Conflict of interest: the authors declare that they have no conflicts of interest.
Experimental dermatology ● Concise report
Differential expression of interleukin-2 by anti-CD3-stimulated peripheral blood mononuclear cells in patients with psoriatic arthritis and patients with cutaneous psoriasis
Article first published online: 13 NOV 2013
© 2013 British Association of Dermatologists
Clinical and Experimental Dermatology
Volume 39, Issue 3, pages 385–390, April 2014
How to Cite
Bosè, F., Capsoni, F., Molteni, S., Raeli, L., Diani, M., Altomare, A., Garavaglia, M., Garutti, C., Frigerio, E., Banfi, G., Altomare, G. and Reali, E. (2014), Differential expression of interleukin-2 by anti-CD3-stimulated peripheral blood mononuclear cells in patients with psoriatic arthritis and patients with cutaneous psoriasis. Clinical and Experimental Dermatology, 39: 385–390. doi: 10.1111/ced.12251
- Issue published online: 18 MAR 2014
- Article first published online: 13 NOV 2013
- Manuscript Accepted: 12 AUG 2013
- INGM (Istituto Nazionale di Genetica Molecolare)
- Pfizer Italia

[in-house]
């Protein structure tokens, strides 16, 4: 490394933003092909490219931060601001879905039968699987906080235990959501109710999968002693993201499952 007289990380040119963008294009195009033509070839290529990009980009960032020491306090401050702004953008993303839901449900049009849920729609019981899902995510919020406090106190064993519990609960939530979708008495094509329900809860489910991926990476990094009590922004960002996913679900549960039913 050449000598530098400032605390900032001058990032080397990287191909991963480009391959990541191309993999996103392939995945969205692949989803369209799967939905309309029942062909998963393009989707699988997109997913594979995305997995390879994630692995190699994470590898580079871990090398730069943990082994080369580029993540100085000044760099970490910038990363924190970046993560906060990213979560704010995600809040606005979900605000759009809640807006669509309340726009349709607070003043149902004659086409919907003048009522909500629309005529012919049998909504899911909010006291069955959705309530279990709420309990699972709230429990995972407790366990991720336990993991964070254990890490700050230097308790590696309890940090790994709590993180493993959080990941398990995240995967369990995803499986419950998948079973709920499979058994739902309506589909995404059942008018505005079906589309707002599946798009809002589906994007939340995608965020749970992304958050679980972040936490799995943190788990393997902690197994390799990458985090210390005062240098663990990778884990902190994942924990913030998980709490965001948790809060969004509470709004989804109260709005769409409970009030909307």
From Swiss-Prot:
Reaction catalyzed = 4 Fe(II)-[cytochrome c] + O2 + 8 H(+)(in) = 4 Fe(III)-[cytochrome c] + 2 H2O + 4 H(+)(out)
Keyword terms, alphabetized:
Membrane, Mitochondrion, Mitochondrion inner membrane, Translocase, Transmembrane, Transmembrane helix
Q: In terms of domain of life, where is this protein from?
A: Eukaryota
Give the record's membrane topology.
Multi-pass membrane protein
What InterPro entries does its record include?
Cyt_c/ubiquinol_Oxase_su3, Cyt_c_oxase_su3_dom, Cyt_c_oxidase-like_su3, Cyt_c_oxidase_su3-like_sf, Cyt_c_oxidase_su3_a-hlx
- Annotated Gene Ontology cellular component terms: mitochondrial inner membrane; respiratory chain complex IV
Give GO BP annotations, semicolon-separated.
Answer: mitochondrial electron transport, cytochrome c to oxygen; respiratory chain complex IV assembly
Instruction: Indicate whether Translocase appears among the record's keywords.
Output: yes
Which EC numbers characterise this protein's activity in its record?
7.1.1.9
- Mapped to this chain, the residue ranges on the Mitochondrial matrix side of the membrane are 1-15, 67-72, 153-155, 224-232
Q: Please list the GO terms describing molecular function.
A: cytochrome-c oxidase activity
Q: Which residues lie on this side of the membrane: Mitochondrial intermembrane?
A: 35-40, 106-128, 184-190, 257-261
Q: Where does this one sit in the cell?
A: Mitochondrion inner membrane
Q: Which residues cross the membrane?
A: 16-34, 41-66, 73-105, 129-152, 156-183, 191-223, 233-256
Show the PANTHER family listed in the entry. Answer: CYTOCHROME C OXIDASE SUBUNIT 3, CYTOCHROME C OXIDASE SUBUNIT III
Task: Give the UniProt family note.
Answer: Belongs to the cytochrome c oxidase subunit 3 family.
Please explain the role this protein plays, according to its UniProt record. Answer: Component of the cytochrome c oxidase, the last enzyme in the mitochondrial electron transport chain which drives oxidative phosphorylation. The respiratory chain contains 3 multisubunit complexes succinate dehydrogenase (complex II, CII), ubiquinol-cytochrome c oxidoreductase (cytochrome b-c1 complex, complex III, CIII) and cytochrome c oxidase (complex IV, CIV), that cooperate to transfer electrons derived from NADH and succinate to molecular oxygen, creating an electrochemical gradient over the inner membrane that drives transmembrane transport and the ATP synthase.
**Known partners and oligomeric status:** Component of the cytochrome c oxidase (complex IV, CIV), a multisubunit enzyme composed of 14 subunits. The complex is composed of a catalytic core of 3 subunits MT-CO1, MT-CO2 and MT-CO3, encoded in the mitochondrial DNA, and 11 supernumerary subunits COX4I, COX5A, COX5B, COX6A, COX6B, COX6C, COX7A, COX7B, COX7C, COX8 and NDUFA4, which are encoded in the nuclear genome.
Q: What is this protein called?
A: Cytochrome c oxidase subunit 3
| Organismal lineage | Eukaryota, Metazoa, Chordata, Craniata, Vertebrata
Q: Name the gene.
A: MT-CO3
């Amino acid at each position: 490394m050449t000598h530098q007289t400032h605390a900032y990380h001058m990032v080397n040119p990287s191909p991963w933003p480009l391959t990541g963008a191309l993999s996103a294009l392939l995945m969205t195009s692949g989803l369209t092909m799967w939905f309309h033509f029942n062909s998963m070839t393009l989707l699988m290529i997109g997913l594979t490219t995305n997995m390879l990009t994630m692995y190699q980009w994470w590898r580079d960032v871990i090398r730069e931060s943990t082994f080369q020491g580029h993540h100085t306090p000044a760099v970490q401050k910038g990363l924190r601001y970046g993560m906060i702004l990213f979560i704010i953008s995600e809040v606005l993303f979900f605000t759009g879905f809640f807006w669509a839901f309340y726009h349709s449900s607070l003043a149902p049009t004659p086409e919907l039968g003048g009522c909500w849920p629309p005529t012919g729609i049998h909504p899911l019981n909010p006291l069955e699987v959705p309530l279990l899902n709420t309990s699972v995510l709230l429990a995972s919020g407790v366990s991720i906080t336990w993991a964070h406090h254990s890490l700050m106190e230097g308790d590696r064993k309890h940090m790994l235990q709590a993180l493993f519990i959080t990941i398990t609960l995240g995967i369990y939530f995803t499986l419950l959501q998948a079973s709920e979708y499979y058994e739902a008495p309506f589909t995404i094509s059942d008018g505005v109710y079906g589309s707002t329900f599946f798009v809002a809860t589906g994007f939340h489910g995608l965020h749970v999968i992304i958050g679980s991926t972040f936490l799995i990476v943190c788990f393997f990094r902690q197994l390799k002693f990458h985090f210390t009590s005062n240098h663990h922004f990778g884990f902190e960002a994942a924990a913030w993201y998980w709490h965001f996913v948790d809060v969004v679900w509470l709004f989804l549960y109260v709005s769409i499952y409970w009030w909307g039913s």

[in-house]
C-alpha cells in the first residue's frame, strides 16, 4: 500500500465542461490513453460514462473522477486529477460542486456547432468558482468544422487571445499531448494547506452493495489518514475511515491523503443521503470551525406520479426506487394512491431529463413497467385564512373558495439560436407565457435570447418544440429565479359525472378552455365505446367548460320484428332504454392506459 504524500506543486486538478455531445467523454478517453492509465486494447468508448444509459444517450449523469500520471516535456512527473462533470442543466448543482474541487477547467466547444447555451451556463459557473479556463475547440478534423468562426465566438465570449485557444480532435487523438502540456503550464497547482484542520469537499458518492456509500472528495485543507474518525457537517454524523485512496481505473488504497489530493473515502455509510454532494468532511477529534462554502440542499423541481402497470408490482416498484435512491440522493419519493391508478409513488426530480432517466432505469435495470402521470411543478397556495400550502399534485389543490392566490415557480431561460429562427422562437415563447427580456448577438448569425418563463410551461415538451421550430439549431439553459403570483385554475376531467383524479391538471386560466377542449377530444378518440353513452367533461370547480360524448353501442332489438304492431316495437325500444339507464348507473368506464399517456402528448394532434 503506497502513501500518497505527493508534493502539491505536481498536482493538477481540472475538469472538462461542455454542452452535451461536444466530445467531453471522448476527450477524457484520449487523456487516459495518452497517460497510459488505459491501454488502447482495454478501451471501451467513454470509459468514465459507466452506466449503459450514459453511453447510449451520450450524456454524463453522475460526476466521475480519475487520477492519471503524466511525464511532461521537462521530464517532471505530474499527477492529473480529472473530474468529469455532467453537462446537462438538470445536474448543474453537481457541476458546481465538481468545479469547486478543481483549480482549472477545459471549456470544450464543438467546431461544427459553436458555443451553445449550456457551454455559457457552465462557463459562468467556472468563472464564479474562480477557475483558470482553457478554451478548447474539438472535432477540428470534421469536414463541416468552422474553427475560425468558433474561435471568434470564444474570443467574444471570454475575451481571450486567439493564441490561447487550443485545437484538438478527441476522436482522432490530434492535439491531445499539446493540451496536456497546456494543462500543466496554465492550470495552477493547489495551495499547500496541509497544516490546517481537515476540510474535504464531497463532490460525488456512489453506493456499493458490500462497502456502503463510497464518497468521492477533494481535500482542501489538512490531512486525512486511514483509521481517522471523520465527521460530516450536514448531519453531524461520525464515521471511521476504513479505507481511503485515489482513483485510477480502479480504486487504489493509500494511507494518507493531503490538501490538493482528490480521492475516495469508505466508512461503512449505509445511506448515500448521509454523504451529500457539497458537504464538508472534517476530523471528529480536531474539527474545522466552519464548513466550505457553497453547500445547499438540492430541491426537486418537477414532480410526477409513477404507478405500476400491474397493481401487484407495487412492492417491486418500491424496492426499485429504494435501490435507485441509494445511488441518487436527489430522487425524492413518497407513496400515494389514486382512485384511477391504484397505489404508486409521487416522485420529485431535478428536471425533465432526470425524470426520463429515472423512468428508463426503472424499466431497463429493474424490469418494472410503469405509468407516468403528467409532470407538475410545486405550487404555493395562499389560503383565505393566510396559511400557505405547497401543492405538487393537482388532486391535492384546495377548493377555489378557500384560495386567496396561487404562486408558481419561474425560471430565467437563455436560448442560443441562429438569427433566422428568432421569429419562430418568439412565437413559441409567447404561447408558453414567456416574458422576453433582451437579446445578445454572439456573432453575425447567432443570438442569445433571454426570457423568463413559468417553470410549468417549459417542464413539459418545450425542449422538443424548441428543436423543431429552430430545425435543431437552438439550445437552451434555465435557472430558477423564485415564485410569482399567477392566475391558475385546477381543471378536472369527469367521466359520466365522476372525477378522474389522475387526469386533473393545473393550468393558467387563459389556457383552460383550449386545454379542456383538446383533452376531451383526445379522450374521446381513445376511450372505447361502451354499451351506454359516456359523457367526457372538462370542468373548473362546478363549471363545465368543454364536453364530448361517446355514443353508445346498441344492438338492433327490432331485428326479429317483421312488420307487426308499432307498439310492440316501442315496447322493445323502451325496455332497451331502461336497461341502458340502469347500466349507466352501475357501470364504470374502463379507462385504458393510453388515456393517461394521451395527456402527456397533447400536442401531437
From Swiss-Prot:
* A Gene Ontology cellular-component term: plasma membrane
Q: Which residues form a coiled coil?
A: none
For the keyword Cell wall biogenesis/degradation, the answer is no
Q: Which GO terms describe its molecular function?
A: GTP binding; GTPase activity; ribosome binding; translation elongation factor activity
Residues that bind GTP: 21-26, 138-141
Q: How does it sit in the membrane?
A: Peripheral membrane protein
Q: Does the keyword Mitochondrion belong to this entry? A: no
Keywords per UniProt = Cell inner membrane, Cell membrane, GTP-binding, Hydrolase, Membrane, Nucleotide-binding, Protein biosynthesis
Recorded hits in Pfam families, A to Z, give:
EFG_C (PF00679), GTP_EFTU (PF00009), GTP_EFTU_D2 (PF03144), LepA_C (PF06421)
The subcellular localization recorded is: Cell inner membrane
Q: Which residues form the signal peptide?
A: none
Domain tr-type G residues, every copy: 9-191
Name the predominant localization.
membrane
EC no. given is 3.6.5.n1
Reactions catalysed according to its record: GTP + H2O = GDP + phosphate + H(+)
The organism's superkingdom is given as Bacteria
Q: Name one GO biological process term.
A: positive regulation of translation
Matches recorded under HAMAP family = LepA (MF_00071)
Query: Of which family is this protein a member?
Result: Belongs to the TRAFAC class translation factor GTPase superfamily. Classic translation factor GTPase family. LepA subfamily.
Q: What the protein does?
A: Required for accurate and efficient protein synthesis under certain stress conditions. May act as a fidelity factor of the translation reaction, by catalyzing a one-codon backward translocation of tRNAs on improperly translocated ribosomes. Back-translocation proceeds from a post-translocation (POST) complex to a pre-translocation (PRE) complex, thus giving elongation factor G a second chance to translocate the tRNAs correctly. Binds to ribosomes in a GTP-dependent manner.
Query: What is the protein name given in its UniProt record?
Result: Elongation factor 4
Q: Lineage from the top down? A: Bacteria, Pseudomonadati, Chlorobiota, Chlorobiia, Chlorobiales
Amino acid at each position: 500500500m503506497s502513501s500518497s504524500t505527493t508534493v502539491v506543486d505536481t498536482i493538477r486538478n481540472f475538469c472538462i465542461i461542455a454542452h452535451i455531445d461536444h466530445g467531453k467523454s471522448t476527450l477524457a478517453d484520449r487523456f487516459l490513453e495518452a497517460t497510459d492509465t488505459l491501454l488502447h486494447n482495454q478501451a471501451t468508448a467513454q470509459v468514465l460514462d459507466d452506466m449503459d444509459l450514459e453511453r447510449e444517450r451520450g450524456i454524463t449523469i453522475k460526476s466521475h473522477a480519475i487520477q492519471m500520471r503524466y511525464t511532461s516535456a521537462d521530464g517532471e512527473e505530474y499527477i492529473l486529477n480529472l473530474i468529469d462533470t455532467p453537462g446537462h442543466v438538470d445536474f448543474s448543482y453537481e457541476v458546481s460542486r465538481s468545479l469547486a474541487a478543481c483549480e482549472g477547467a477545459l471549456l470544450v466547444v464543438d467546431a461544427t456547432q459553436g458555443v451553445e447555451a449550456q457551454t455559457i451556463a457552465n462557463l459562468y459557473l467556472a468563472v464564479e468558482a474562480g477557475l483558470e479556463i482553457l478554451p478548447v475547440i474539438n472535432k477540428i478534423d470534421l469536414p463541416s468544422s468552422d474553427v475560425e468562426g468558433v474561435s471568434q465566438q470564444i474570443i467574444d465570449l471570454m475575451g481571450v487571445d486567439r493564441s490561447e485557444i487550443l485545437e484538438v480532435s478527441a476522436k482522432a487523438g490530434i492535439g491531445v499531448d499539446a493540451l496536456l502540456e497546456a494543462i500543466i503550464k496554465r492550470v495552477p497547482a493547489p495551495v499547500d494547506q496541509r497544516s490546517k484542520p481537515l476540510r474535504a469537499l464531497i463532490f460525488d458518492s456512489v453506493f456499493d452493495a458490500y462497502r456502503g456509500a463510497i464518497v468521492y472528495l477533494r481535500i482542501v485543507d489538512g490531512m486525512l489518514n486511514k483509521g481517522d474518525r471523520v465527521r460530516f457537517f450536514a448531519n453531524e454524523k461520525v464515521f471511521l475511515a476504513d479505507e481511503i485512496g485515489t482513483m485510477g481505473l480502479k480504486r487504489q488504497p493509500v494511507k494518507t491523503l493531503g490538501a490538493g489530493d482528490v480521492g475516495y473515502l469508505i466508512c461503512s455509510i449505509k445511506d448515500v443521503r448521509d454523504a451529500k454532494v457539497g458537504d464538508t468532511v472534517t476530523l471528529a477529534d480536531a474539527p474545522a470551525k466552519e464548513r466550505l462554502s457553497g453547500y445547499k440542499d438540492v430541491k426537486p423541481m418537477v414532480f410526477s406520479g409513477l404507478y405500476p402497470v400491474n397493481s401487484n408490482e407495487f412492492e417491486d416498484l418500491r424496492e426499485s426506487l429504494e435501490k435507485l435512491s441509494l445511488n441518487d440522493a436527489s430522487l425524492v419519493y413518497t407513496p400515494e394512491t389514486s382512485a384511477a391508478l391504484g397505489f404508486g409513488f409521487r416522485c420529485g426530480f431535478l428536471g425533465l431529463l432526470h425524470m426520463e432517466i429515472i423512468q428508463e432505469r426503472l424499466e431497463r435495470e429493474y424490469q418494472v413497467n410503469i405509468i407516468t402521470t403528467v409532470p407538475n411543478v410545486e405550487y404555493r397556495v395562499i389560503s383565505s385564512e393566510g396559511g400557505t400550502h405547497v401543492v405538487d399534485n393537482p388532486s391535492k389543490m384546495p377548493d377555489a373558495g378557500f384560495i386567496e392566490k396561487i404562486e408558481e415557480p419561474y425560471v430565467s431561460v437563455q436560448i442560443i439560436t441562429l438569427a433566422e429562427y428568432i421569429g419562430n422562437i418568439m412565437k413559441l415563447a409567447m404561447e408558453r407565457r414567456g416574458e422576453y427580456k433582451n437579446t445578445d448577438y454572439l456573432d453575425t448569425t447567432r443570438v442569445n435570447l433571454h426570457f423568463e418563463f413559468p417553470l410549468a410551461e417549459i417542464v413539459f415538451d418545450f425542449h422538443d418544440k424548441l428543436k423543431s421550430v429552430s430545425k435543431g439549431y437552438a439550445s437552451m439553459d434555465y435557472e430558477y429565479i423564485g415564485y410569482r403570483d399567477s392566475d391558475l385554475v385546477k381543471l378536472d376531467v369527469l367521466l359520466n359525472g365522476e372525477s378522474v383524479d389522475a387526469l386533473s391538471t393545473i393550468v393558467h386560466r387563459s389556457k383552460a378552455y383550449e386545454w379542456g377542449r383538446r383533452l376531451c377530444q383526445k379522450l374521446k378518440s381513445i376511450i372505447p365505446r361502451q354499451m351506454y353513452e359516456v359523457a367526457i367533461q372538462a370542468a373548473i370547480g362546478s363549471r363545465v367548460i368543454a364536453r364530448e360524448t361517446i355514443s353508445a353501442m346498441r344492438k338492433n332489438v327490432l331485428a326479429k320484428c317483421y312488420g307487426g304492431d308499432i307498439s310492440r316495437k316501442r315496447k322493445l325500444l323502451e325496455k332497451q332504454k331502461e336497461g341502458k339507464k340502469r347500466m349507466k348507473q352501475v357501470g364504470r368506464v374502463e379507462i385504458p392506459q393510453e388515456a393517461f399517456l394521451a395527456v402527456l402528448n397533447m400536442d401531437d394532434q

The differences in systemic T-cell responses between patients with psoriatic arthritis (PsA) and patients with cutaneous psoriasis (Ps) are still largely unknown. To determine differential features that could be used to distinguish PsA from Ps, we compared the cytokine secretion profile of circulating T cells in patients with PsA, patients with cutaneous Ps and control subjects. We determined Th1, Th2 and Th17 cytokine secretion of anti-CD3-stimulated peripheral blood mononuclear cells (PBMCs) using a cytokine bead array. Normality of data distribution was assessed by the Shapiro–Wilk test, and statistical significance was calculated by the Mann–Whitney test. Phenotypic characterization of circulating T cells was performed by fluorescence-activated cell sorting analysis. We found that the major systemic differences distinguishing PsA from cutaneous Ps were the increased secretion of interleukin (IL)-2 by α-CD3-stimulated PBMCs and a higher percentage of circulating CD3+ T cells expressing the proliferation marker CD71 in PsA. These results indicate IL-2 as a possible biomarker of PsA, and suggest a role of circulating T cells with high proliferative capacity in the pathogenesis of PsA.